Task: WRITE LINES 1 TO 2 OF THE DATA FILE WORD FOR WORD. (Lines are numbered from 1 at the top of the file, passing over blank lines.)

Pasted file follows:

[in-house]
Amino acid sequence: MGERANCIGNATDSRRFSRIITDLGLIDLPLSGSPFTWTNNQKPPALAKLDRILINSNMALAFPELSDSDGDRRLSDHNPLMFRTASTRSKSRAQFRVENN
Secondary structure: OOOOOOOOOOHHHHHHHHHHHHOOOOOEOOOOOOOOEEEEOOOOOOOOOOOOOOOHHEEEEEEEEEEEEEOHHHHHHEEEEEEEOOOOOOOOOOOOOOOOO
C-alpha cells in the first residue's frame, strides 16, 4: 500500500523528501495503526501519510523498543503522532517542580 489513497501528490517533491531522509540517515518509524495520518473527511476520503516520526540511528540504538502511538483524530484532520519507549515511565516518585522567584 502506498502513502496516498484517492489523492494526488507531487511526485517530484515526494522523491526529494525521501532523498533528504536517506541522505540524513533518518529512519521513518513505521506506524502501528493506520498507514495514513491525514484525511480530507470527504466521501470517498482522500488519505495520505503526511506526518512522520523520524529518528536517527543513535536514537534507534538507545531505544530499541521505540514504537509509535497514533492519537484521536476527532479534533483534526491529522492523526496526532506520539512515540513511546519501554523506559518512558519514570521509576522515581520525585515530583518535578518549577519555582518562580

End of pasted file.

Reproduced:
[in-house]
Amino acid sequence: MGERANCIGNATDSRRFSRIITDLGLIDLPLSGSPFTWTNNQKPPALAKLDRILINSNMALAFPELSDSDGDRRLSDHNPLMFRTASTRSKSRAQFRVENN